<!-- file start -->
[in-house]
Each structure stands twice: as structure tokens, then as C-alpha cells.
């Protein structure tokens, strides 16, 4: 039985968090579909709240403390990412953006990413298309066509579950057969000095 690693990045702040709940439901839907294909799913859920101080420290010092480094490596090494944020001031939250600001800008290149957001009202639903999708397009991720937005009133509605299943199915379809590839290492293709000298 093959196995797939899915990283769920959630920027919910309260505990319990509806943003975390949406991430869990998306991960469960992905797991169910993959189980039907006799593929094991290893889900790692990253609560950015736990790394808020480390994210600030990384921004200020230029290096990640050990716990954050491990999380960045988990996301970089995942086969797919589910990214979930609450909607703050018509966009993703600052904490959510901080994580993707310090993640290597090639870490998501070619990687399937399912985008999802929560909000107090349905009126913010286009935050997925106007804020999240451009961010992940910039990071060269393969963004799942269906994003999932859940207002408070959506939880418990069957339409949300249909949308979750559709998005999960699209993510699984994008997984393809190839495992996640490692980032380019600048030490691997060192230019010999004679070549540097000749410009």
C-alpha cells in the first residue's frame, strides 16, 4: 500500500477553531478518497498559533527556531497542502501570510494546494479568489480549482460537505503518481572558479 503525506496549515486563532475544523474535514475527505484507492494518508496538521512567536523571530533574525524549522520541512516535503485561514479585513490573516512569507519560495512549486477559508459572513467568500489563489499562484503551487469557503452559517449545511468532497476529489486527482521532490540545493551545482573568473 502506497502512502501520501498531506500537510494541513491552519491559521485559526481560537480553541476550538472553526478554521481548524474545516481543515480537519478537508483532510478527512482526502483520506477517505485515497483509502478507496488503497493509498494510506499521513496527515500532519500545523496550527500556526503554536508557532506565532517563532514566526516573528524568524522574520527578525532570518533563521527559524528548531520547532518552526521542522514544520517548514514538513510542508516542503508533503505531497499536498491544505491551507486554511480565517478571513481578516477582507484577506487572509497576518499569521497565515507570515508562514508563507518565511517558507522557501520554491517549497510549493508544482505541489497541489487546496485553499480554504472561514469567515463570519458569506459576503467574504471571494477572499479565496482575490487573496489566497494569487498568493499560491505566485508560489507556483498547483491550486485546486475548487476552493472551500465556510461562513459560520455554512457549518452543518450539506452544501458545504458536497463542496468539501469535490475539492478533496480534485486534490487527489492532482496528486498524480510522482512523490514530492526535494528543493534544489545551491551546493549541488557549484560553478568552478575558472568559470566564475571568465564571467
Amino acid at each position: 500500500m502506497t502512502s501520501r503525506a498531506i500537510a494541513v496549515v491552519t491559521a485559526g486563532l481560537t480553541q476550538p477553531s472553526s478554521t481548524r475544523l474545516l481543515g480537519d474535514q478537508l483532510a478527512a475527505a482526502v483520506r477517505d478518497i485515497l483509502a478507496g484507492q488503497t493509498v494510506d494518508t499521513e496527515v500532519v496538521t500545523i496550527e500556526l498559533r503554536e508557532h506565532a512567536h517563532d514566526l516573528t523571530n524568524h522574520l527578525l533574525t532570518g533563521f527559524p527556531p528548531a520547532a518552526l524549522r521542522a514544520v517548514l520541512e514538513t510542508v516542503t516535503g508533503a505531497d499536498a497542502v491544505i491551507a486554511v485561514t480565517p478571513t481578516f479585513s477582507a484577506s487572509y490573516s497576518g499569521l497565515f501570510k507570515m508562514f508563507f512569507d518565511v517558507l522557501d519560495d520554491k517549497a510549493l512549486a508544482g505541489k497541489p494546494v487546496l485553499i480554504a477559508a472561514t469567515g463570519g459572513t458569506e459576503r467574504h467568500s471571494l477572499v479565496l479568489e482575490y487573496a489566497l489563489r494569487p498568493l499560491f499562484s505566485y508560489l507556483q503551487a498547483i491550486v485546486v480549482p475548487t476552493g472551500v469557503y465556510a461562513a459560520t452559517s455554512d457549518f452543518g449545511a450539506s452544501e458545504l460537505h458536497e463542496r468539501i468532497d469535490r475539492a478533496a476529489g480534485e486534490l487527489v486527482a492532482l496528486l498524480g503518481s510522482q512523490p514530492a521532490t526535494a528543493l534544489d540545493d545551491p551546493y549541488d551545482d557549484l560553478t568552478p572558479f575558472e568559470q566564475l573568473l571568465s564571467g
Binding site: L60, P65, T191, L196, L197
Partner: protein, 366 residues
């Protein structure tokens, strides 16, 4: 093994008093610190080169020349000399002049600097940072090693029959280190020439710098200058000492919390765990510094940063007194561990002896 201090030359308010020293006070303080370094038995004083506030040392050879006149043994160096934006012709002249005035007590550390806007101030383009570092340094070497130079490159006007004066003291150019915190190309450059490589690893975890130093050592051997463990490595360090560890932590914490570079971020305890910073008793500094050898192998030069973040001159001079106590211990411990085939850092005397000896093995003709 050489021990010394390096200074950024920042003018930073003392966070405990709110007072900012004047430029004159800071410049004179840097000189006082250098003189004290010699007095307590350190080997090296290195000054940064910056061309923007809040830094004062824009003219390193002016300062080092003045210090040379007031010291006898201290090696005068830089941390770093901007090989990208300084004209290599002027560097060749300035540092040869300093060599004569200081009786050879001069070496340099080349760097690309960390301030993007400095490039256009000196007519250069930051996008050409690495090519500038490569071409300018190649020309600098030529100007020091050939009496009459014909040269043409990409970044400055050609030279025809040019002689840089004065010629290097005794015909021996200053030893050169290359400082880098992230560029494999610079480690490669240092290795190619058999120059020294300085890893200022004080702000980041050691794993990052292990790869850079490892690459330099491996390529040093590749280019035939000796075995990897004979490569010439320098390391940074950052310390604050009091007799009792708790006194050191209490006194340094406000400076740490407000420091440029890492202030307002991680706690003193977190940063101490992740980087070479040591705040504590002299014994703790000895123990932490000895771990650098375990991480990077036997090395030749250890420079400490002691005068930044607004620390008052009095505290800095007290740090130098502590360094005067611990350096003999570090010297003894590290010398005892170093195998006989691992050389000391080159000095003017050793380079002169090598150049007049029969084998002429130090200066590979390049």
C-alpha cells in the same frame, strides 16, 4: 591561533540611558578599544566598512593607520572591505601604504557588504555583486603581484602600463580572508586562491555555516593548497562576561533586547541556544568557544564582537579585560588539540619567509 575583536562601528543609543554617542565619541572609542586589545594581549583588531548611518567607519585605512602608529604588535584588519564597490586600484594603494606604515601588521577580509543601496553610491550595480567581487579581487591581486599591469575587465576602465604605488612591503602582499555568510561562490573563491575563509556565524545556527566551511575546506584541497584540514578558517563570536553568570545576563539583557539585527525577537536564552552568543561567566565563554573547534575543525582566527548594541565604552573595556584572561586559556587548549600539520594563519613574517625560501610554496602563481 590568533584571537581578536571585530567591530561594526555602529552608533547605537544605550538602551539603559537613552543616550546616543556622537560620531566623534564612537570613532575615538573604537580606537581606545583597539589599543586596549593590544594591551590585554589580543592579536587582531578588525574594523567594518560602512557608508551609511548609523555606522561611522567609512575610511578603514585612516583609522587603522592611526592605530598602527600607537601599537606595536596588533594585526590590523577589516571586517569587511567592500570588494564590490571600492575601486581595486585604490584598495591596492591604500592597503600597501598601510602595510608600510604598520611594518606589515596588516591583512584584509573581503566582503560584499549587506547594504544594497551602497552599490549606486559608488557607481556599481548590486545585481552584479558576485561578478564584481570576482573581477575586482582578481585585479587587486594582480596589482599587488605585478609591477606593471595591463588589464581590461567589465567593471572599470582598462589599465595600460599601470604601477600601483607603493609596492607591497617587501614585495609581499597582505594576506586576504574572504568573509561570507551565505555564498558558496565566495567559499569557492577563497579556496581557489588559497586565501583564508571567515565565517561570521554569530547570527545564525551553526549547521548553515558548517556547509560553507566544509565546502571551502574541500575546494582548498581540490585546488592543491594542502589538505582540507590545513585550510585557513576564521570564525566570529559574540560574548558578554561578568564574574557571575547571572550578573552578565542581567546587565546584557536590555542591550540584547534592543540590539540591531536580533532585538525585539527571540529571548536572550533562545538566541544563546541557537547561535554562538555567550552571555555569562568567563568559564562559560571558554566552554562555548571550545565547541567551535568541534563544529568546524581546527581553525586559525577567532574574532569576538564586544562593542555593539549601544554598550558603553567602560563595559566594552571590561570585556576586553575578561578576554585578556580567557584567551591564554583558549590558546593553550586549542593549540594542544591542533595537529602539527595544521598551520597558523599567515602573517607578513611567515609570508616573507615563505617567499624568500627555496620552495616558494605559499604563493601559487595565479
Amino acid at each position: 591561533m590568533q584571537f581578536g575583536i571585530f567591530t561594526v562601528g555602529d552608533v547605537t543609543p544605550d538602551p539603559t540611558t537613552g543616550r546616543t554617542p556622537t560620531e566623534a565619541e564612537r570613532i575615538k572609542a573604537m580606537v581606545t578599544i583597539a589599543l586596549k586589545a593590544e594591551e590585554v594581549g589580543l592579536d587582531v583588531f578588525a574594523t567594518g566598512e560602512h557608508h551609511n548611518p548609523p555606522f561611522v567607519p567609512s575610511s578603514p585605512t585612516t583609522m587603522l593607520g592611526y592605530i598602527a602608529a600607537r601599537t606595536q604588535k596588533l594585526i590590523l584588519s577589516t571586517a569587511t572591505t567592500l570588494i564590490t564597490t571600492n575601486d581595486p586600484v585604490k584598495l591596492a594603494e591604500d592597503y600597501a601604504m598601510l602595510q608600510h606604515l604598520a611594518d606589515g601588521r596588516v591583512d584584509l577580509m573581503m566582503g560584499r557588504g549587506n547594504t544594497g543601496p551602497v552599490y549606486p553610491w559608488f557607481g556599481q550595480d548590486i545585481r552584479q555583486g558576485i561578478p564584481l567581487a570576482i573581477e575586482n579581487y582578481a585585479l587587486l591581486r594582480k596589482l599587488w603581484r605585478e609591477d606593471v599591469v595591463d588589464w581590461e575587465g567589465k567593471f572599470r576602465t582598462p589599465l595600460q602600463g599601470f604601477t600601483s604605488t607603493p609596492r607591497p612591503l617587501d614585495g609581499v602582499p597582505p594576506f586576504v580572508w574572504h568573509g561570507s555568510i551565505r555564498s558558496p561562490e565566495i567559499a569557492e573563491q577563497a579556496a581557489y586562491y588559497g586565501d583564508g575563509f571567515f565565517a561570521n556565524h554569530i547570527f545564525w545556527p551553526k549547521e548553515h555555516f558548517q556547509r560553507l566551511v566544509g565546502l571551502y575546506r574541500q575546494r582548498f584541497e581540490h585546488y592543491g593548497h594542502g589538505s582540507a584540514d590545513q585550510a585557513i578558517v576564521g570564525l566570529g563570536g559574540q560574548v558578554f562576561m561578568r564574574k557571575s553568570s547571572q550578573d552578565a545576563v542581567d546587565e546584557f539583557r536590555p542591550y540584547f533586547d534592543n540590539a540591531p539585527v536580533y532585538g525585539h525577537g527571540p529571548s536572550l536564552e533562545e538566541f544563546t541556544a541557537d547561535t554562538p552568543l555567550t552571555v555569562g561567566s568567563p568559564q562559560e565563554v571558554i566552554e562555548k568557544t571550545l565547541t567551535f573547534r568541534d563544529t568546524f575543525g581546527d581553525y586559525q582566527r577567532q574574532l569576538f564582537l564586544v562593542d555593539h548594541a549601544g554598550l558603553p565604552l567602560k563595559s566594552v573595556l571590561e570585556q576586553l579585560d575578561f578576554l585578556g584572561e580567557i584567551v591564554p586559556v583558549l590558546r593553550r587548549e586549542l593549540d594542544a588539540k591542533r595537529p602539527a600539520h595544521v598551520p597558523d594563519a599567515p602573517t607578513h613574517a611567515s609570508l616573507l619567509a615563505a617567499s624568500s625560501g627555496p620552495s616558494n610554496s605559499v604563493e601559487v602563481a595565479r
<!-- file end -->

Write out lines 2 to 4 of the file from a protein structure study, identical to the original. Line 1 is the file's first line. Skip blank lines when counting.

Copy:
Each structure stands twice: as structure tokens, then as C-alpha cells.
């Protein structure tokens, strides 16, 4: 039985968090579909709240403390990412953006990413298309066509579950057969000095 690693990045702040709940439901839907294909799913859920101080420290010092480094490596090494944020001031939250600001800008290149957001009202639903999708397009991720937005009133509605299943199915379809590839290492293709000298 093959196995797939899915990283769920959630920027919910309260505990319990509806943003975390949406991430869990998306991960469960992905797991169910993959189980039907006799593929094991290893889900790692990253609560950015736990790394808020480390994210600030990384921004200020230029290096990640050990716990954050491990999380960045988990996301970089995942086969797919589910990214979930609450909607703050018509966009993703600052904490959510901080994580993707310090993640290597090639870490998501070619990687399937399912985008999802929560909000107090349905009126913010286009935050997925106007804020999240451009961010992940910039990071060269393969963004799942269906994003999932859940207002408070959506939880418990069957339409949300249909949308979750559709998005999960699209993510699984994008997984393809190839495992996640490692980032380019600048030490691997060192230019010999004679070549540097000749410009």
C-alpha cells in the first residue's frame, strides 16, 4: 500500500477553531478518497498559533527556531497542502501570510494546494479568489480549482460537505503518481572558479 503525506496549515486563532475544523474535514475527505484507492494518508496538521512567536523571530533574525524549522520541512516535503485561514479585513490573516512569507519560495512549486477559508459572513467568500489563489499562484503551487469557503452559517449545511468532497476529489486527482521532490540545493551545482573568473 502506497502512502501520501498531506500537510494541513491552519491559521485559526481560537480553541476550538472553526478554521481548524474545516481543515480537519478537508483532510478527512482526502483520506477517505485515497483509502478507496488503497493509498494510506499521513496527515500532519500545523496550527500556526503554536508557532506565532517563532514566526516573528524568524522574520527578525532570518533563521527559524528548531520547532518552526521542522514544520517548514514538513510542508516542503508533503505531497499536498491544505491551507486554511480565517478571513481578516477582507484577506487572509497576518499569521497565515507570515508562514508563507518565511517558507522557501520554491517549497510549493508544482505541489497541489487546496485553499480554504472561514469567515463570519458569506459576503467574504471571494477572499479565496482575490487573496489566497494569487498568493499560491505566485508560489507556483498547483491550486485546486475548487476552493472551500465556510461562513459560520455554512457549518452543518450539506452544501458545504458536497463542496468539501469535490475539492478533496480534485486534490487527489492532482496528486498524480510522482512523490514530492526535494528543493534544489545551491551546493549541488557549484560553478568552478575558472568559470566564475571568465564571467